And then his family situation:

    “We spent too much,” he conceded. “I have a fourth grader, an eighth grader and a girl who just finished high school. I should have kept working and put the money in bonds.”

    “Mr. Martin, who moved to Kansas last April, brought the couple’s 13-year-old son, Edward, to join him in the fall. He has been counting the days until his wife and Sophia, 9, come permanently. The older daughter, Mrs. Martin’s from a previous marriage, has found work in Florida after finishing high school.”

    He’s 59 years old with a 9 year old daughter, 13 year old son, and the oldest girl is about 18 years old.

    “Though he faulted the conventional wisdom of investing in stocks and real estate for some of his woes, along with poor financial advice, he accepted much of the blame himself.”

    Obviously he didn’t understand that conventional wisdom suggests only buy what can be sold in the RBA.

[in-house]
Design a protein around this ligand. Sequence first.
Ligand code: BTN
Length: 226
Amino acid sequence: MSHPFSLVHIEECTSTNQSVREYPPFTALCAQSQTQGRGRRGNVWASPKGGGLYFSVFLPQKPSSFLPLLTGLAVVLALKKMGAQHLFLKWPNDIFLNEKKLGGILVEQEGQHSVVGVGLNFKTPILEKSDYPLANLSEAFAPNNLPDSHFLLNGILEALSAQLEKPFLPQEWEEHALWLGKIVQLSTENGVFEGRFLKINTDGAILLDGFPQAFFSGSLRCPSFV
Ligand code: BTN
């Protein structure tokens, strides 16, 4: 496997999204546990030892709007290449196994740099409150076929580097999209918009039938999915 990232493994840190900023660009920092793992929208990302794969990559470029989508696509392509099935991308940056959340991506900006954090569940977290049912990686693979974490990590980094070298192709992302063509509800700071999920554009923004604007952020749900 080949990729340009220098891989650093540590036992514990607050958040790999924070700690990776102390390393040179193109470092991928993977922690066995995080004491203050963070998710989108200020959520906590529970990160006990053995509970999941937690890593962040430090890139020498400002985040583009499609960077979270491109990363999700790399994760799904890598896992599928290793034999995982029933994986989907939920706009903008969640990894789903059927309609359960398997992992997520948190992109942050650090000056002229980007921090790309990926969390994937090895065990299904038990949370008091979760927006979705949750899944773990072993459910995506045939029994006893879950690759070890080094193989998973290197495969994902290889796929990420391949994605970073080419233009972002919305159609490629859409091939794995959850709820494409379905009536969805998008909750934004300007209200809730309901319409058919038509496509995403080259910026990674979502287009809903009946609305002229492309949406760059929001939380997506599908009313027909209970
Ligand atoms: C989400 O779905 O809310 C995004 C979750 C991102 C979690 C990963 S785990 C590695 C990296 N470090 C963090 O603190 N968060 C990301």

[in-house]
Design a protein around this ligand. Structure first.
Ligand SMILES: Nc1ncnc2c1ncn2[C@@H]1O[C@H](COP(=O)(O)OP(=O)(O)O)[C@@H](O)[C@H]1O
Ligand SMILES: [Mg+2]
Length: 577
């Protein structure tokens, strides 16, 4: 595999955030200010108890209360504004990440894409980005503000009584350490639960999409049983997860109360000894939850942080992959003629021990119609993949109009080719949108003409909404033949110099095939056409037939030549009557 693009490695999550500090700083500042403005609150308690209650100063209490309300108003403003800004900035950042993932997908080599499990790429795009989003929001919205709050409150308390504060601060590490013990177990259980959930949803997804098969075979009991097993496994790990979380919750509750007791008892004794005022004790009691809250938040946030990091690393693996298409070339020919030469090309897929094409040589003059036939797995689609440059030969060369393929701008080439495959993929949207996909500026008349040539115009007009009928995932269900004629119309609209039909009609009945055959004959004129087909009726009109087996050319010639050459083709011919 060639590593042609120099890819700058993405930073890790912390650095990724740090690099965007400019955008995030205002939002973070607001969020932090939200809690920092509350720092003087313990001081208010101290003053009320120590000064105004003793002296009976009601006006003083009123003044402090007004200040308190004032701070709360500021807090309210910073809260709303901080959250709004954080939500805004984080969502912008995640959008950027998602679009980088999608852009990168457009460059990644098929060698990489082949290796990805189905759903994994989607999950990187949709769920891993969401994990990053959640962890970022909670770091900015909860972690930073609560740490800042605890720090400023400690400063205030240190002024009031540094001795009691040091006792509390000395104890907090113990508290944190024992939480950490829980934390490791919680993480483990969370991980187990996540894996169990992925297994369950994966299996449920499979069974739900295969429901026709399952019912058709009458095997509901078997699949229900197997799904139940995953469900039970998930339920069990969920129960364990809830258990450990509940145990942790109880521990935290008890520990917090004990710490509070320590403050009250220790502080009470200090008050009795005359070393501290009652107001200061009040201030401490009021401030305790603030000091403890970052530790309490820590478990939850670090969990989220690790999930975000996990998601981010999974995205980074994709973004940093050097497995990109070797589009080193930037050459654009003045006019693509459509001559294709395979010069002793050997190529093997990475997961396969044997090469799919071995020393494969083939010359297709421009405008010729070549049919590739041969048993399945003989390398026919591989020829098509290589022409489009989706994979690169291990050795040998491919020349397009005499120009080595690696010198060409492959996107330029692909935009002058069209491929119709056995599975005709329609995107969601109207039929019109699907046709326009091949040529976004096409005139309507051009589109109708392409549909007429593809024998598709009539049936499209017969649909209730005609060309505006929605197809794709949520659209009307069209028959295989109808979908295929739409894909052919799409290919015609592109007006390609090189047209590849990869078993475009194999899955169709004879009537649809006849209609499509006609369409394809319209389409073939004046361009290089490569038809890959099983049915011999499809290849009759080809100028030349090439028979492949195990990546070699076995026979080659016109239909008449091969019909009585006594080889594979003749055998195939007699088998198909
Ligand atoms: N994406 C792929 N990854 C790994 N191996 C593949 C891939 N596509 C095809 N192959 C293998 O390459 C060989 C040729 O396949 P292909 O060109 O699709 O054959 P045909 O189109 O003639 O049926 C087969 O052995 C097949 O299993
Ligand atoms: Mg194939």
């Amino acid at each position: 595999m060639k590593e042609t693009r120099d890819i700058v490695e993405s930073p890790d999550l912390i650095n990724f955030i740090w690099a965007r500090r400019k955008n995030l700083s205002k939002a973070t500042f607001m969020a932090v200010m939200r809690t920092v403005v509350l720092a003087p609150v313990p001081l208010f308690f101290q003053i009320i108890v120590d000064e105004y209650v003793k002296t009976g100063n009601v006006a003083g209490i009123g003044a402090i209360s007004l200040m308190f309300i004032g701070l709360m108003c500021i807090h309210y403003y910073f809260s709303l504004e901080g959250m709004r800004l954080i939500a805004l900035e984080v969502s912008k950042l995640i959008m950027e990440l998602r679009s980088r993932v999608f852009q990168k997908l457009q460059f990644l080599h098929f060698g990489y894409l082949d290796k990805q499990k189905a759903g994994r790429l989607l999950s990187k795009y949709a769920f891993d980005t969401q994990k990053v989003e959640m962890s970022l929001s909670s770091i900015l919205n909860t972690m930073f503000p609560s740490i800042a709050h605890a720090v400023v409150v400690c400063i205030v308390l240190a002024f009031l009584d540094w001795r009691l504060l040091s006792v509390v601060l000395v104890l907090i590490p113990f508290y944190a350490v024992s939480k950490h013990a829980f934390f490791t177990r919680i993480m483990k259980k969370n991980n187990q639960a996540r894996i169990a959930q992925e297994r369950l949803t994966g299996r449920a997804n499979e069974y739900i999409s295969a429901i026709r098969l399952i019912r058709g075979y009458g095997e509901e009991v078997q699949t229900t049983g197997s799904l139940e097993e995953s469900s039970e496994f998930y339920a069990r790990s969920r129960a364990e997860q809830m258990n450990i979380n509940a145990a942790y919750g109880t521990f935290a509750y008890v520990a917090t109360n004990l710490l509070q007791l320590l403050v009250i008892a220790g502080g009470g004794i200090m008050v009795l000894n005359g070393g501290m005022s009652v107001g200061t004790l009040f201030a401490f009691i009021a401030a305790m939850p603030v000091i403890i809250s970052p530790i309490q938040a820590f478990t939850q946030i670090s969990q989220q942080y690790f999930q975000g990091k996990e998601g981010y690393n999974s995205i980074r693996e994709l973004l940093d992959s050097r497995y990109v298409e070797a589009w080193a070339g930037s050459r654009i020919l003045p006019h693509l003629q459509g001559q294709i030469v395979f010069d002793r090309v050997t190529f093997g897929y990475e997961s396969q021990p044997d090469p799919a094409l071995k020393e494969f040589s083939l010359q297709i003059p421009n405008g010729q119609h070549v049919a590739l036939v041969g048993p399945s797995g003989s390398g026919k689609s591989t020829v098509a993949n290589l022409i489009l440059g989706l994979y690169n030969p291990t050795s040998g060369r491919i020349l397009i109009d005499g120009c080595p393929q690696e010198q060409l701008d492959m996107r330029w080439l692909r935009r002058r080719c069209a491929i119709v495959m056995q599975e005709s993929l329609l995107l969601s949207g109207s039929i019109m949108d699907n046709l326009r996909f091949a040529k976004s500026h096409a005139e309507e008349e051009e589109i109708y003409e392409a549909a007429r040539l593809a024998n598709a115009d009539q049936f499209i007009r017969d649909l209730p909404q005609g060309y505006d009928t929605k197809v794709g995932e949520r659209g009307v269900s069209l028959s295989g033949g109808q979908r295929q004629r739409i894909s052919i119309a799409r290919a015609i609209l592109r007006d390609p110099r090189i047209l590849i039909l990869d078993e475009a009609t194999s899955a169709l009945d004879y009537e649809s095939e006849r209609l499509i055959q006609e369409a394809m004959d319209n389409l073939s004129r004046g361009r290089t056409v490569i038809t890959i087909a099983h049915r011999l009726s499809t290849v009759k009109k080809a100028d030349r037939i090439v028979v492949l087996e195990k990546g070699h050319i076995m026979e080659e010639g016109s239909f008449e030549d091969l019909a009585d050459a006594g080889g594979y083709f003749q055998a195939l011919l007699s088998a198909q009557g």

Note that he still does not understand the power of the RBA. Anyone who actually understands the RBA would never move to Kansas, the heart of flyover land.

  2. waiting_for_the_fall Says:

    The same thing happens to some people who win the lottery. They end up worse off than before getting the money.

  3. Real Estater Says:

    I don’t agree expenses is what killed this person’s fortune. A few cars and hotel stays are just drops in the bucket in the overall scheme of things. The real estate he bought are not the primary factor either, as those properties are in the $600K range. You can barely get a modest home in Santa Clara county for that.

    What killed him are 2 things:
    1) The drop in stock assets.
    2) Over-spending on constructing something that doesn’t yield a return.

    If he is renting out his various properties, even if prices dropped, it doesn’t affect cash flow.